Napa Valley

When people think Californian wine, they immediately think of Napa Valley. It’s an area north of San Francisco that has over 400 wineries located within its 16 smaller sub-districts (some of the most famous AVAs being Oakville, Rutherford, Stags Leap, and St. Helena). 

However, Napa Valley only makes up 4% of California’s wine production! It’s actually a fairly small area – only 30 miles long and 5 miles across at its widest, but full of varying microclimates ideal for quality wine production. Indeed, it’s home to the most expensive vineyard land in California, and home to some of the most prestigious wineries* in the world.

The soil patterns across the region are complex, ranging from volcanic to gravelly loam to clay. In fact, more than half of the soils that exist on earth can be found in Napa Valley. Surrounded by the Mayacamas mountains on the West and the Vacas mountains on the right, the climate variation and multiple cooling influences (fog, ocean breezes, and elevation) mean that grape varieties with different temperature needs can all be grown relatively well, if planted in the right areas. Cabernet Sauvignon is the most popular planting and makes up 40% of the vines in Napa. Chardonnay, Sauvignon Blanc, Pinot Noir, Syrah, and Merlot are also widely grown. 

Due to the cost of the land itself and the actual production (not to mention the prestigious names), wines from Napa are sold at premium prices. It is actually a Napa Cabernet that holds the title of most expensive wine in the world – a 6 litre bottle of 1992 Screaming Eagle sold at auction for $500,000 – that’s half a million dollars for about 40 glasses of wine!

*It was the Judgement of Paris in 1976 that helped launch California wine onto the global scene. In a blind taste test set up by British wine merchant Steven Spurrier, the top French Chardonnay and red Bordeaux were pitted against the best California Cabernet Sauvignons and Chardonnays. It rocked the wine world when the judges declared a 1973 Cabernet from Stag’s Leap Wine Cellars and a 1973 Chardonnay from Chateau Montelena the winners – both Napa Valley wines. France, until this blind tasting, had been the pinnacle of high end wine in the world, and Spurrier, who only sold French wine, didn’t believe California wines could possibly win. You can watch an entertaining version of this in the Hollywood film Bottleshock.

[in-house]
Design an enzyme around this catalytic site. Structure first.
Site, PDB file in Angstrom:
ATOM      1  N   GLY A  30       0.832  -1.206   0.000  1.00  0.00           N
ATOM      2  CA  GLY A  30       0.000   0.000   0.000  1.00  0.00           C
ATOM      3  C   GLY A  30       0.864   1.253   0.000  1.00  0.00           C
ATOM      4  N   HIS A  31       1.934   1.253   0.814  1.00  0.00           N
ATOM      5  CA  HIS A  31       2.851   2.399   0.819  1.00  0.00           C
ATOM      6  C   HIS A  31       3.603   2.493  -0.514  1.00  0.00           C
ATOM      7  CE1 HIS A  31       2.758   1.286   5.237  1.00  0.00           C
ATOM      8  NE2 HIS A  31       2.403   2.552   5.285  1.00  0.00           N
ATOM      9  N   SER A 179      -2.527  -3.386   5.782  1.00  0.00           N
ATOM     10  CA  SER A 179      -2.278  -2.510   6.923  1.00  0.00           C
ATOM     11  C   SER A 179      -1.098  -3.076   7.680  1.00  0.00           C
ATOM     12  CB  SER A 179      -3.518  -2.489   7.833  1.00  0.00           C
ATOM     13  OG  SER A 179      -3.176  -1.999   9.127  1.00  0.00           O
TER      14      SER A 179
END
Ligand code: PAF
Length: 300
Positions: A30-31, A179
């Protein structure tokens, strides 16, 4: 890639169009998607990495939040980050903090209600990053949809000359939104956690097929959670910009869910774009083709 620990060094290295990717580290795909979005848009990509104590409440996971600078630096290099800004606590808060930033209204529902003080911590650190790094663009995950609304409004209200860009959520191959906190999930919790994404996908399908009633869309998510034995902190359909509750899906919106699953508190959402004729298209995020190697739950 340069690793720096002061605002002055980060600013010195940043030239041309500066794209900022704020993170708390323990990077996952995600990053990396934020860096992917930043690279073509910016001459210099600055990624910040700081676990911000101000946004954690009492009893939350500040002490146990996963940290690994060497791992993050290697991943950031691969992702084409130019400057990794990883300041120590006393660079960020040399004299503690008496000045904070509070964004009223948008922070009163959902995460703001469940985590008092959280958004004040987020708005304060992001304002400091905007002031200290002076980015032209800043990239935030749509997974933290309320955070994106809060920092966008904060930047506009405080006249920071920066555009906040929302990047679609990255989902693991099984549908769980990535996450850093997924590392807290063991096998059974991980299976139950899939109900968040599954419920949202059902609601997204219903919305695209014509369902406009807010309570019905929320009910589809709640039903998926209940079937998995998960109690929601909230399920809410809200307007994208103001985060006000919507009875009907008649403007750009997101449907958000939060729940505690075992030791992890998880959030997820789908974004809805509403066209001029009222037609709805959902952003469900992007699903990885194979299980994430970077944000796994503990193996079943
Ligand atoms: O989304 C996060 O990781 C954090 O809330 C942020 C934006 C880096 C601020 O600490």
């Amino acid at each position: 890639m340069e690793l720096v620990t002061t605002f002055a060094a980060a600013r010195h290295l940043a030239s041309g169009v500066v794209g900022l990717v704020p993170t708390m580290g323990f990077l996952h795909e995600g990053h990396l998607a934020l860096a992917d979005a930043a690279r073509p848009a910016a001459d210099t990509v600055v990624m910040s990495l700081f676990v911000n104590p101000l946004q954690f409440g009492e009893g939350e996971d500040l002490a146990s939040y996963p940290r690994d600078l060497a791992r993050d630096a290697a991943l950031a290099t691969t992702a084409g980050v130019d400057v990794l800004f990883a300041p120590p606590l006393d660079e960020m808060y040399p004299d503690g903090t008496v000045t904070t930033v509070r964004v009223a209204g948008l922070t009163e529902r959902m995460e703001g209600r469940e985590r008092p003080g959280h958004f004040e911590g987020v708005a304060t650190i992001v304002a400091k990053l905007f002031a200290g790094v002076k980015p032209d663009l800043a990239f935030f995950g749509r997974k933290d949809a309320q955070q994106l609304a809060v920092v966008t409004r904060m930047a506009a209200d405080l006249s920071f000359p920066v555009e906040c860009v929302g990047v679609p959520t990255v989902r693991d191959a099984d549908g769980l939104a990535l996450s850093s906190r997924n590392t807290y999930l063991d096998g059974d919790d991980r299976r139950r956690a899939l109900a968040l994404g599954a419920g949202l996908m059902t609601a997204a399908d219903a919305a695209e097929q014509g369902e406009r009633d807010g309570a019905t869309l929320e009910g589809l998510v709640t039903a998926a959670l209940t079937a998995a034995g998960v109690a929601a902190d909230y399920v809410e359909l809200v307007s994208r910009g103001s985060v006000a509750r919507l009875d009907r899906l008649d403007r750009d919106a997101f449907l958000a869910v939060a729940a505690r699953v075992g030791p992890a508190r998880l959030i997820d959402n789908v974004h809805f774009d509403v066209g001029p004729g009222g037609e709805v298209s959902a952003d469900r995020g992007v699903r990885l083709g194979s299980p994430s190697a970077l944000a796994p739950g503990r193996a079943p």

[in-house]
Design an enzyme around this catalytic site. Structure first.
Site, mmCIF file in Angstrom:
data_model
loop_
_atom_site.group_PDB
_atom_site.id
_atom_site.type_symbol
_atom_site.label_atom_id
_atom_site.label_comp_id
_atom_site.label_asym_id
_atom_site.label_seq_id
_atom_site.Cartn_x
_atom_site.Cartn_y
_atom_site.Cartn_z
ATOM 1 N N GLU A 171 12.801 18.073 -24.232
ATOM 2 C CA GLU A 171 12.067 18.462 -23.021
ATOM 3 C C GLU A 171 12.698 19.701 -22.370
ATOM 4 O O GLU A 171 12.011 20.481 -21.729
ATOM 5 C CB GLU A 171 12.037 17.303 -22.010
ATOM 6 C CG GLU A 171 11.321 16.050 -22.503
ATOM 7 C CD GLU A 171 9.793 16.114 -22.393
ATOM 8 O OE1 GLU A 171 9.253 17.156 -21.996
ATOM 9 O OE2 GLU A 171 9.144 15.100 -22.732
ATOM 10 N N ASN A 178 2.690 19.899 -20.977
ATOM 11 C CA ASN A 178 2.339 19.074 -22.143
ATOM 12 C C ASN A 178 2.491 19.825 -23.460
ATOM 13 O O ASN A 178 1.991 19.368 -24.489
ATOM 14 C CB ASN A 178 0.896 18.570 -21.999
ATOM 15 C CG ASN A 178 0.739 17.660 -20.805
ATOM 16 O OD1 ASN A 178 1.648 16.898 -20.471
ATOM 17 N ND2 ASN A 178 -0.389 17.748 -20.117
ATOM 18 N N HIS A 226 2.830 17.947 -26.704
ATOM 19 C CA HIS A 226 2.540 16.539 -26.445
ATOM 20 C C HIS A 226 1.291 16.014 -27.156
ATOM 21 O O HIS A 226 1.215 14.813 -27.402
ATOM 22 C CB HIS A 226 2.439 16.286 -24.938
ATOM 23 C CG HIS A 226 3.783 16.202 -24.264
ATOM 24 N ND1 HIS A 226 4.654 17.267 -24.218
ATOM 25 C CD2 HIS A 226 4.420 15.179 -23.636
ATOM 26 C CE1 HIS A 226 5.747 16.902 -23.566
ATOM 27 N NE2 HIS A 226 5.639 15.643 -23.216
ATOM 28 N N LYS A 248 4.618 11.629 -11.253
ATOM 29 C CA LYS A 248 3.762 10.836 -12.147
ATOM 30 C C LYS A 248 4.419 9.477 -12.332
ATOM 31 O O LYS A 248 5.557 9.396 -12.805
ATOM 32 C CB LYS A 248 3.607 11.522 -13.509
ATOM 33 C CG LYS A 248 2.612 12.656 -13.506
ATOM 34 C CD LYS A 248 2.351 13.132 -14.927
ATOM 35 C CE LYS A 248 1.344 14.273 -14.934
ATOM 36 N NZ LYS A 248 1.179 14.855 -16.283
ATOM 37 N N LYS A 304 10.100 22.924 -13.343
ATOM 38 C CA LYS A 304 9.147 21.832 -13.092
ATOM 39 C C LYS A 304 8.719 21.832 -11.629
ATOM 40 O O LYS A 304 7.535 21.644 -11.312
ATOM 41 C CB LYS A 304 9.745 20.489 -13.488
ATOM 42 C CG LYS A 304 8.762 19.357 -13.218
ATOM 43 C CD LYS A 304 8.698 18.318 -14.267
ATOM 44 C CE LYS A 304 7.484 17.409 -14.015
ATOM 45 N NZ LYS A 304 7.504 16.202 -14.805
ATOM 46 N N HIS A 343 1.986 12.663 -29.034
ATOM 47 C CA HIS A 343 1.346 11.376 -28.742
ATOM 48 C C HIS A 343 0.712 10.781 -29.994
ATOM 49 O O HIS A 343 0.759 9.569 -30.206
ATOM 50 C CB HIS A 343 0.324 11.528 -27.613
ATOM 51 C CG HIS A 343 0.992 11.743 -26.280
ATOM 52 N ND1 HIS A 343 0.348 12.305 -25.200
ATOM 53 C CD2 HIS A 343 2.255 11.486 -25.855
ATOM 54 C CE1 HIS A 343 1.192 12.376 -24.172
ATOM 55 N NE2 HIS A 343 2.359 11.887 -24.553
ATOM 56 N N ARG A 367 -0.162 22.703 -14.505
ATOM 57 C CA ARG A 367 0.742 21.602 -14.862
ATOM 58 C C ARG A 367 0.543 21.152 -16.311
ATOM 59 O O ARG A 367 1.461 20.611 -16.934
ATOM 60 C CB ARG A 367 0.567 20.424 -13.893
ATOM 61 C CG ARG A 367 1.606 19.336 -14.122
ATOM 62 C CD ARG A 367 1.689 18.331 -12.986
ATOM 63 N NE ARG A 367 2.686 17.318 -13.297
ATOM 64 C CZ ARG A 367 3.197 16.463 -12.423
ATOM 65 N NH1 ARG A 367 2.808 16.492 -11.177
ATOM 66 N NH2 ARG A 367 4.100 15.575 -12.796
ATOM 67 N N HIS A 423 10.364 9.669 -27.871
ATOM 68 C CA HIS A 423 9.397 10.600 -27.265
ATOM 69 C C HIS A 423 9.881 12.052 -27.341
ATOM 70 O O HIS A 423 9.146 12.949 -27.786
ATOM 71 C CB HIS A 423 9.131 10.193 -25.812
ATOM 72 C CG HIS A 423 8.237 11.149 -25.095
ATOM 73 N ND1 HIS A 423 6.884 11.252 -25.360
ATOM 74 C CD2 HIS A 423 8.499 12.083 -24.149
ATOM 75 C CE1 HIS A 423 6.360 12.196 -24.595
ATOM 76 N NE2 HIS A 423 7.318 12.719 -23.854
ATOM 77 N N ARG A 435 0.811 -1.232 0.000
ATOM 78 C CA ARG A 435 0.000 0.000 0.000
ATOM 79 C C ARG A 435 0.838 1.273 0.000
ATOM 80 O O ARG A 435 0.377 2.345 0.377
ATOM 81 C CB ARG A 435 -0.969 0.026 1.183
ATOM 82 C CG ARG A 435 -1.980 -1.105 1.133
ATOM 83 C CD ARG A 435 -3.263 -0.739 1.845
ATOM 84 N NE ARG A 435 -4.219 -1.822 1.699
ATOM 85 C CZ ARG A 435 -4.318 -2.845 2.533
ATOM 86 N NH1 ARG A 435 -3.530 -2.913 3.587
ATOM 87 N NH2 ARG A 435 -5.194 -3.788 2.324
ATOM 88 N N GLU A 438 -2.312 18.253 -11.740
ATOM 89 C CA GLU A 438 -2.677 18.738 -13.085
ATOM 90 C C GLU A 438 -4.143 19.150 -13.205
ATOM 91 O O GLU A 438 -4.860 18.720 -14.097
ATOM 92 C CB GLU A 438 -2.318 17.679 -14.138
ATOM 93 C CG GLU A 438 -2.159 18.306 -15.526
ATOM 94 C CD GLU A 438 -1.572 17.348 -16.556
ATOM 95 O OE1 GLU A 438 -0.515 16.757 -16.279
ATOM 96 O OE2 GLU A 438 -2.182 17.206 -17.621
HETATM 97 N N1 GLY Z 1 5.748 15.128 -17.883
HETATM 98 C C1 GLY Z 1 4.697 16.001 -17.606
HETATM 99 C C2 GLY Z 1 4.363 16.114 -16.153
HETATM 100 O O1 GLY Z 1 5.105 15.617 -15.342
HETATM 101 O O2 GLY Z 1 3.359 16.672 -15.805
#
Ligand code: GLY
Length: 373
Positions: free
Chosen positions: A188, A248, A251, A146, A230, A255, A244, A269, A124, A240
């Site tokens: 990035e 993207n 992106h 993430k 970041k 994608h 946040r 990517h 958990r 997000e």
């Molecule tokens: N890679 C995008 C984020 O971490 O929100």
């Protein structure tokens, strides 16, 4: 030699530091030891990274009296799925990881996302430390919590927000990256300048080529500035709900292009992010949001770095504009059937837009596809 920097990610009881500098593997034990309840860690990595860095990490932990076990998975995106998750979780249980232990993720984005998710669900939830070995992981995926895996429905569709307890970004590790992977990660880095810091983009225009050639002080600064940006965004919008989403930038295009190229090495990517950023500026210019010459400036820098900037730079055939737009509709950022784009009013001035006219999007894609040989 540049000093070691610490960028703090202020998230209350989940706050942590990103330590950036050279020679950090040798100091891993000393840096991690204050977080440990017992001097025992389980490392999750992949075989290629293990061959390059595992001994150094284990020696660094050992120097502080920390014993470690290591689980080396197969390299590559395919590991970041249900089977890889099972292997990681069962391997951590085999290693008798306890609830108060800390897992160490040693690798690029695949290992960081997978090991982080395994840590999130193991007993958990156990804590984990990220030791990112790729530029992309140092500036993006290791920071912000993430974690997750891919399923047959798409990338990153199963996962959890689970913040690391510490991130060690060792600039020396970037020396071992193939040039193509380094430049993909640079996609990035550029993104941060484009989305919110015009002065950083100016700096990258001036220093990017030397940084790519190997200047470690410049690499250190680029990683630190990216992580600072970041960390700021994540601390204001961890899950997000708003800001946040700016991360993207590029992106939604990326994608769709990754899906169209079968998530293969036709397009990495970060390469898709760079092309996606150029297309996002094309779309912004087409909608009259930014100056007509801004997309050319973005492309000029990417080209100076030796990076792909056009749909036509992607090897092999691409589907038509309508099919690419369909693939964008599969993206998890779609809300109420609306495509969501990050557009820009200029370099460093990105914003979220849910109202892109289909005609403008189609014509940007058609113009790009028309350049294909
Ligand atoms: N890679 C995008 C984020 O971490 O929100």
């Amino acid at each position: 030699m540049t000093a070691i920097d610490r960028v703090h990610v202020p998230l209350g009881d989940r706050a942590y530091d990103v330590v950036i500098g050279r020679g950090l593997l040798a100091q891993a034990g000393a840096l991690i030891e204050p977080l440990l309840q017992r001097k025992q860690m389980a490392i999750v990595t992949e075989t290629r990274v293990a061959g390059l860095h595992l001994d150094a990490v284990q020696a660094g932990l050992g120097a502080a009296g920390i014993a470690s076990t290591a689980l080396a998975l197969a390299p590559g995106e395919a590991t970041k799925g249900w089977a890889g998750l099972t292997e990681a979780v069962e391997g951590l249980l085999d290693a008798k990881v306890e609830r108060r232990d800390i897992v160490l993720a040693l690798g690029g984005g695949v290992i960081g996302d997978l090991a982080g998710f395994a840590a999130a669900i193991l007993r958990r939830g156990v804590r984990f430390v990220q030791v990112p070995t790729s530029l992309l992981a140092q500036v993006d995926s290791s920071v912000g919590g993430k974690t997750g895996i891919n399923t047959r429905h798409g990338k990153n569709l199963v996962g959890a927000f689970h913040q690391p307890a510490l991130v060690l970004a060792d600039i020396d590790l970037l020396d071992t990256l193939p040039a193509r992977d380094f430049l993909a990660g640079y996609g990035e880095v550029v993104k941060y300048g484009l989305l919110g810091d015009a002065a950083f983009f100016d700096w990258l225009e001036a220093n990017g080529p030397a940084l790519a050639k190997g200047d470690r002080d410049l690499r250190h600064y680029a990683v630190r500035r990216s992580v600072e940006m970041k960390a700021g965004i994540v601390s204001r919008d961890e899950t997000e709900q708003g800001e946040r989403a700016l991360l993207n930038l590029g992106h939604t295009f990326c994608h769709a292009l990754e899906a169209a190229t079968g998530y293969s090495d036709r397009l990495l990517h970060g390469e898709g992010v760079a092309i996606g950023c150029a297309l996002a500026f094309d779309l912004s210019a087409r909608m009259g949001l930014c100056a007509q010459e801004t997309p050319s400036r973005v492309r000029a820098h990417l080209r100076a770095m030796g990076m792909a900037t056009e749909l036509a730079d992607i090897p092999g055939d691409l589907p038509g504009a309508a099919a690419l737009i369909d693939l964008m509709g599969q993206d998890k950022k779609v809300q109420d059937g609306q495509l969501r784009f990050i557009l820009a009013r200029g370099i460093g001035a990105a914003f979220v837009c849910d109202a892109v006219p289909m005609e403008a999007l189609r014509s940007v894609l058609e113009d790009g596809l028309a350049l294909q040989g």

The fires that have raged across the Napa area this year have been devastating to the local wine industry. Tens of thousands of people have been evacuated from the area, vineyards and full wineries, tasting rooms, and cellars have been utterly destroyed. Those that have escaped the immediate flames have been severely impacted by the smoke pollution. Many harvests this year were a total loss. Decades of history have been wiped out, with homes and wineries built back in the 1800s, and vines planted almost as far back, being consumed by fire. 

What’s inspiring, in the midst of all this loss and devastation, is the strength and community spirit shown by the Napa Valley vintners. They are not defeated, and they will rise from these ashes.


Published by juliamenn

Performer. Artist. Author. Lover of food and travel. Animal enthusiast. Avid reader. Globe-trotter.

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